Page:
Women’s Tennis: Wildcats remain optimistic despite injuries, adversity

Northwestern+has+faced+several+doses+of+adversity+in+its+young+season.+Junior+Alicia+Barnett+has+taken+on+a+leadership+role+and+encourages+her+teammates+to+fight+for+each+other+and+their+injured+fellow+Cats.

Daily file photo by Nathan Richards

Northwestern has faced several doses of adversity in its young season. Junior Alicia Barnett has taken on a leadership role and encourages her teammates to fight for each other and their injured fellow Cats.

Mike Marut, Reporter


Spring Sports Guide


Northwestern began the 2014-15 season with its first losing record in three years, but after two weeks of practice and two wins over two Big Ten opponents, the Wildcats are back on track.

Entering the past weekend, No. 21 NU (3-2, 1-0) faced a reality check after losing two of its first three matchups against top opponents. With three of their top players graduating, the Cats were left to figure out a new six-player lineup. The inexperienced group required many of the players to learn and adopt new roles on the team. With a young squad — one senior, one junior, four sophomores and three freshmen — NU will have to find its identity quickly.

“Because of some of the adversity we’ve had, the team has gotten closer,” assistant coach Rob Gurden said. “They’re trying to get to know who they are and what they’re made out of. … We’re moving in the right direction.”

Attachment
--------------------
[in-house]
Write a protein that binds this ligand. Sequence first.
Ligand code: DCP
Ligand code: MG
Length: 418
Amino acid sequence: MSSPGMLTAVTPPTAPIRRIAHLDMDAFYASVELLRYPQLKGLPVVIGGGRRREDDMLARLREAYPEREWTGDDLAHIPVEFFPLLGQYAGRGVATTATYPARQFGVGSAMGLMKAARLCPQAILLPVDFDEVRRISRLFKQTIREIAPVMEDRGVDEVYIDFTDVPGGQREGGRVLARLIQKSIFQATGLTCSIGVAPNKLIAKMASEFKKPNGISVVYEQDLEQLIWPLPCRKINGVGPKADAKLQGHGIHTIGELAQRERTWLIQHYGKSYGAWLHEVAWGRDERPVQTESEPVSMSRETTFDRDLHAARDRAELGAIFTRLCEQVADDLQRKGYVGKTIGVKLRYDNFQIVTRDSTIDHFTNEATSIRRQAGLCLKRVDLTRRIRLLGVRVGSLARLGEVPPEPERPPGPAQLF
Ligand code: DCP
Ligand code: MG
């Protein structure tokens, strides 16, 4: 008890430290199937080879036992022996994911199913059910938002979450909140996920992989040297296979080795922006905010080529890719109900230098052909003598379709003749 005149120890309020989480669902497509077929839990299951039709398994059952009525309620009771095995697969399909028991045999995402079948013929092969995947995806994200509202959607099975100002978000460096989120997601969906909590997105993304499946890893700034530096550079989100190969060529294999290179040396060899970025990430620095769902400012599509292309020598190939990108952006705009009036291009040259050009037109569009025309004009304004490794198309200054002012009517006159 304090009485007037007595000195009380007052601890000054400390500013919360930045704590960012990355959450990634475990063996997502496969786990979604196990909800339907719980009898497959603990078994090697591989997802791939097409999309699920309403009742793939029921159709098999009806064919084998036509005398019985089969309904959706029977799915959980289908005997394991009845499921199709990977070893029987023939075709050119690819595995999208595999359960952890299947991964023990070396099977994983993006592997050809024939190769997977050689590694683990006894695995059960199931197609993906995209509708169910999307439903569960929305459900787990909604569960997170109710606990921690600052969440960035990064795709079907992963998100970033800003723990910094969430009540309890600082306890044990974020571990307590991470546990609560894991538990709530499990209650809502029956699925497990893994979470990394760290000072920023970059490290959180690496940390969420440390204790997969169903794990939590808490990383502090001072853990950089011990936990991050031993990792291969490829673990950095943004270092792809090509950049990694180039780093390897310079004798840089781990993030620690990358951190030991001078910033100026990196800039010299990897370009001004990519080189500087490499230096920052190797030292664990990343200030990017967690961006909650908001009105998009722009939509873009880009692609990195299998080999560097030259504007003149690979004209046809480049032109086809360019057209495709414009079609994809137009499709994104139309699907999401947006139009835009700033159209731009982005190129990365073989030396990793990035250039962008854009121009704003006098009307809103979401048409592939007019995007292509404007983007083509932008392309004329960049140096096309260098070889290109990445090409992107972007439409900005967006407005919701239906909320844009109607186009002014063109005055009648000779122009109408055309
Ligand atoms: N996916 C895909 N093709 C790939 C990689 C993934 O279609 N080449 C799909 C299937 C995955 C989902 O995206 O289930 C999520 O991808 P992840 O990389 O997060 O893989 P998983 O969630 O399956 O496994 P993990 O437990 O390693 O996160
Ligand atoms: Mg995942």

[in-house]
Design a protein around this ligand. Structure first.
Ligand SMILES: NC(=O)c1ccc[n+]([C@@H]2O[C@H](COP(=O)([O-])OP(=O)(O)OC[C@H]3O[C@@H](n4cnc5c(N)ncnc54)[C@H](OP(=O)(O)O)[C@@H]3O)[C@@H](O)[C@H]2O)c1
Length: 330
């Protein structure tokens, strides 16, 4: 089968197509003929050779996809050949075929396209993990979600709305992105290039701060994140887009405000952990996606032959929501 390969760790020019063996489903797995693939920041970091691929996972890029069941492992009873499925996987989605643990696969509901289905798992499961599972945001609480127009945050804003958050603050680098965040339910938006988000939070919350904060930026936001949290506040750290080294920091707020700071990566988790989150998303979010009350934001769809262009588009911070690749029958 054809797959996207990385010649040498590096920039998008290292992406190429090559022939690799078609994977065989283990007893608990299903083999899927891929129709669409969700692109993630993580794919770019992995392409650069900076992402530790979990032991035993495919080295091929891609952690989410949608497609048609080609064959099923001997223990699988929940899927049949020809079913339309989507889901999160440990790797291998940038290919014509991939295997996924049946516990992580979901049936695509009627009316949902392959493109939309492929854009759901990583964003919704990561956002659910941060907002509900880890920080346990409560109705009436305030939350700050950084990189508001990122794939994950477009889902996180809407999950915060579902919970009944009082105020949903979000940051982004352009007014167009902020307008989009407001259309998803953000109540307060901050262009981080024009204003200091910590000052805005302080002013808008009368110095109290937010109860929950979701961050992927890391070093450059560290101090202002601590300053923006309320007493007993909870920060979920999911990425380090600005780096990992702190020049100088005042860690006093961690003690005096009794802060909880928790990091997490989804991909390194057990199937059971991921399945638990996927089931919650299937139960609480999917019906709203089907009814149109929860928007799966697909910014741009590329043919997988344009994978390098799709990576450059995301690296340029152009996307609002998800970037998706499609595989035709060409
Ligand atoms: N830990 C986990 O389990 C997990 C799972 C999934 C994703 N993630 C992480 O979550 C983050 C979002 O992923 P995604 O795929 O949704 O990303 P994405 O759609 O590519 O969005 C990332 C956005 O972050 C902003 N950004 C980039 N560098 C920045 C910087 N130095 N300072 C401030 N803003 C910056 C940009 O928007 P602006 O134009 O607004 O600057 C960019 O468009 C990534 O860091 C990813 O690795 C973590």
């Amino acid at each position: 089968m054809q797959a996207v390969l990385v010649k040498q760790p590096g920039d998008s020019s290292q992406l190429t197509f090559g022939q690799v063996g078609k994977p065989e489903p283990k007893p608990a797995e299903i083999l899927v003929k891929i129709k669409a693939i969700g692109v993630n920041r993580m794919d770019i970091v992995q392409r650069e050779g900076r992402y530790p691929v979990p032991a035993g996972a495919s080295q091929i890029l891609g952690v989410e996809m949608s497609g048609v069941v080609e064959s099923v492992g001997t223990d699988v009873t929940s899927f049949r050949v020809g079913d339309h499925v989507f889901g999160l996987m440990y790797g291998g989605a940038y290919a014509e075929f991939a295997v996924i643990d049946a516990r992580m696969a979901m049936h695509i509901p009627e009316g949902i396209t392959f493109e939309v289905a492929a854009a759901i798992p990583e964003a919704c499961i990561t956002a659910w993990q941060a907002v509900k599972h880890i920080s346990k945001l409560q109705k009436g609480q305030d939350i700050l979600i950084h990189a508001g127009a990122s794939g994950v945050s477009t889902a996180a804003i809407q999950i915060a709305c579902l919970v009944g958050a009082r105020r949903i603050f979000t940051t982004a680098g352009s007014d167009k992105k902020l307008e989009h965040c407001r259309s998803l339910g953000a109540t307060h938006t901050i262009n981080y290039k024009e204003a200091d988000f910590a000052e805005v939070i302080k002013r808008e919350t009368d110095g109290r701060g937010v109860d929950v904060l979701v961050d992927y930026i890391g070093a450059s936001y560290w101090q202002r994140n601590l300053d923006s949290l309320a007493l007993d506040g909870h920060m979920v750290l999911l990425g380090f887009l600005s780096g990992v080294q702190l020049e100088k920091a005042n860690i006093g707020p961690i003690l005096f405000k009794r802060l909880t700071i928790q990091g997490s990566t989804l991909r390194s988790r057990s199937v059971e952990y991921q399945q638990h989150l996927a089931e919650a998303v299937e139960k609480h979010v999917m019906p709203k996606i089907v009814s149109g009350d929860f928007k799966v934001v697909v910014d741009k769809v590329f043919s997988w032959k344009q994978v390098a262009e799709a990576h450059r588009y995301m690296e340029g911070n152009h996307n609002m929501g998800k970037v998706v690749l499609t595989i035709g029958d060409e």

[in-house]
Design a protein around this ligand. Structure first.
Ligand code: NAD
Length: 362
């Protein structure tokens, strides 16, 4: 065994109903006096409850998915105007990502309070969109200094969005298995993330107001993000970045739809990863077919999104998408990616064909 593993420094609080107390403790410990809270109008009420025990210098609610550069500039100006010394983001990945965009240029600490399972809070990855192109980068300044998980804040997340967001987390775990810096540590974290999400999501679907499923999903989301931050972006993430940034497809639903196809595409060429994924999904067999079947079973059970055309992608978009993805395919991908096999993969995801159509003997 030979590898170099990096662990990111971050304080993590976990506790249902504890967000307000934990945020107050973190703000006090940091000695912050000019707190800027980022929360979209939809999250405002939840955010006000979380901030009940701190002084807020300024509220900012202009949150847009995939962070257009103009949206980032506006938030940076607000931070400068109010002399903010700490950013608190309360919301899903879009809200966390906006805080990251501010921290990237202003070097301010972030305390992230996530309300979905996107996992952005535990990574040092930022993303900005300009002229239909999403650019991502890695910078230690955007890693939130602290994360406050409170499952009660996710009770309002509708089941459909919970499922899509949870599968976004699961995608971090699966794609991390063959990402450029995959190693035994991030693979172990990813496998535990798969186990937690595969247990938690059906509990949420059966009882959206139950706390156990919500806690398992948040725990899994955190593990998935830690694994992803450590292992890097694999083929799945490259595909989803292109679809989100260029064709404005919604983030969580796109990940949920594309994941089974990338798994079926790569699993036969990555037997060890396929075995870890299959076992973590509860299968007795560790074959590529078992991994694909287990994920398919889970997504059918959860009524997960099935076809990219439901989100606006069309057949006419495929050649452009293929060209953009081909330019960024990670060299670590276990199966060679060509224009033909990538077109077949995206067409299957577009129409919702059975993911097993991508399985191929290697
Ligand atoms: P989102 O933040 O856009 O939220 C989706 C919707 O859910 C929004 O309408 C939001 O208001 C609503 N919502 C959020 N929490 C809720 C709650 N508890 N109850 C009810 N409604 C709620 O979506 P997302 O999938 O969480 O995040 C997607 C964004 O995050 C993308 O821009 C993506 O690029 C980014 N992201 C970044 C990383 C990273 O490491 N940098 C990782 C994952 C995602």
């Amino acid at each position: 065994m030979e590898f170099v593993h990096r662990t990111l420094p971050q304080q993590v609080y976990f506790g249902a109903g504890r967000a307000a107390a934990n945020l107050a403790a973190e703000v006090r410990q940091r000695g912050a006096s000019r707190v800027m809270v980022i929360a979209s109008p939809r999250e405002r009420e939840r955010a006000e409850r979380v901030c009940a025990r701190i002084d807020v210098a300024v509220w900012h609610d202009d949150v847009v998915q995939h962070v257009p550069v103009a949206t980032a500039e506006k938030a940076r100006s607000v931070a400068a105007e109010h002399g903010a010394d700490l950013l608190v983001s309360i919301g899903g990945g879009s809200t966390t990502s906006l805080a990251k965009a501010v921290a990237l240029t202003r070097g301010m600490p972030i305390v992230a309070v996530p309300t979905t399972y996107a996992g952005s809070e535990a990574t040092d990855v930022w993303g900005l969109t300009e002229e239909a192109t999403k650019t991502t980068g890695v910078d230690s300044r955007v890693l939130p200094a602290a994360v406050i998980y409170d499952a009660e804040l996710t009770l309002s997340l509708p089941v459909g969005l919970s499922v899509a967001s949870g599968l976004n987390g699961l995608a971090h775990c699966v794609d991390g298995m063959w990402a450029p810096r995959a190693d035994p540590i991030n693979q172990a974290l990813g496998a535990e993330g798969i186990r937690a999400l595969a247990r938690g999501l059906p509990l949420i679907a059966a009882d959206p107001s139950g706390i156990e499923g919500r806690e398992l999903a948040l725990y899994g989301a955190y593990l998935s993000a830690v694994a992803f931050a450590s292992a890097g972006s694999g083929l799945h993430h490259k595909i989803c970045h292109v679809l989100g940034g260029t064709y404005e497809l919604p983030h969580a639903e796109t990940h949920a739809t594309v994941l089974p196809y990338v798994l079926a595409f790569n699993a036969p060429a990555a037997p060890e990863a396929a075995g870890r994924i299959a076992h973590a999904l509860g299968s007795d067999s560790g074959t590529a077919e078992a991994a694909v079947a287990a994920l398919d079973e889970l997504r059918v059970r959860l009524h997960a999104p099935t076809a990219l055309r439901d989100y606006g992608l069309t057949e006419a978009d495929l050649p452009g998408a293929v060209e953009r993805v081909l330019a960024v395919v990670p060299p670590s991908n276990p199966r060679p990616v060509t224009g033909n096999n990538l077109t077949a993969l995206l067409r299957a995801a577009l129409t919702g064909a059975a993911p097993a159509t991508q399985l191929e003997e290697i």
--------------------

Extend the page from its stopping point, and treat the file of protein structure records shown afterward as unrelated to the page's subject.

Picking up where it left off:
Beyond the youth of the Cats, the team has also faced an uphill battle from the beginning with injuries. Currently, three players have sustained injuries and a fourth is playing “somewhat hurt.” Sophomores Maddie Lipp and Manon Peri, and freshman Rheeya Doshi are all injured. Doshi plans to return next week while Lipp is out for the season. Peri hurt her knee against Penn State and the timetable for her return remains unclear after an MRI on Feb. 15.

Senior Lok Sze Leung has been nursing an apparent elbow injury, wearing a sleeve each match and icing her elbow after nearly every practice and competition. Despite the injuries, the Cats still have a winning mindset, Leung said.

“It started with (head coach Claire Pollard) giving us this chapter from a book,” Leung said. “It talked about playing to win and that mentality, and how it affects your brain. Instead of playing defensively or tentatively, we just impose our game and our willpower onto our opponents.”

Another hindrance for the team is Pollard’s recent indefinite leave of absence for family reasons. With the roster reduced to only six players and no head coach, NU needs all hands on deck until Doshi is able to return to be a seventh option.

For now, the Cats will have to dig deep and build off their two wins in the Big Ten opening weekend. The victory over Penn State provided a much-needed confidence boost, especially winning in spite of Peri forfeiting her match midway through the first set. The victory despite the mid-match injury pointed to the strength, toughness and fundamentals the team practices, which Gurden stresses during practice.

“Taking away some of the frills at times gets you back to the basics and the fundamentals,” Gurden said. “They were much more visceral in their competition mindset (last weekend).”

Chemistry also has always been important for NU, but even more so this year due to the youth of the team and everyone playing a new position. As the longest tenured active player under Pollard, junior Alicia Barnett has taken up a leadership role on the team as both the No. 1 singles player and one half of the No. 1 doubles tandem.

“We just have focus on competing,” Barnett said. “If we can fight for each other, for the people who can’t come to our matches, can’t come to practice or can’t play, it’s just going to make us stronger in the long run. We only have six players on the court, and we need every spot.”

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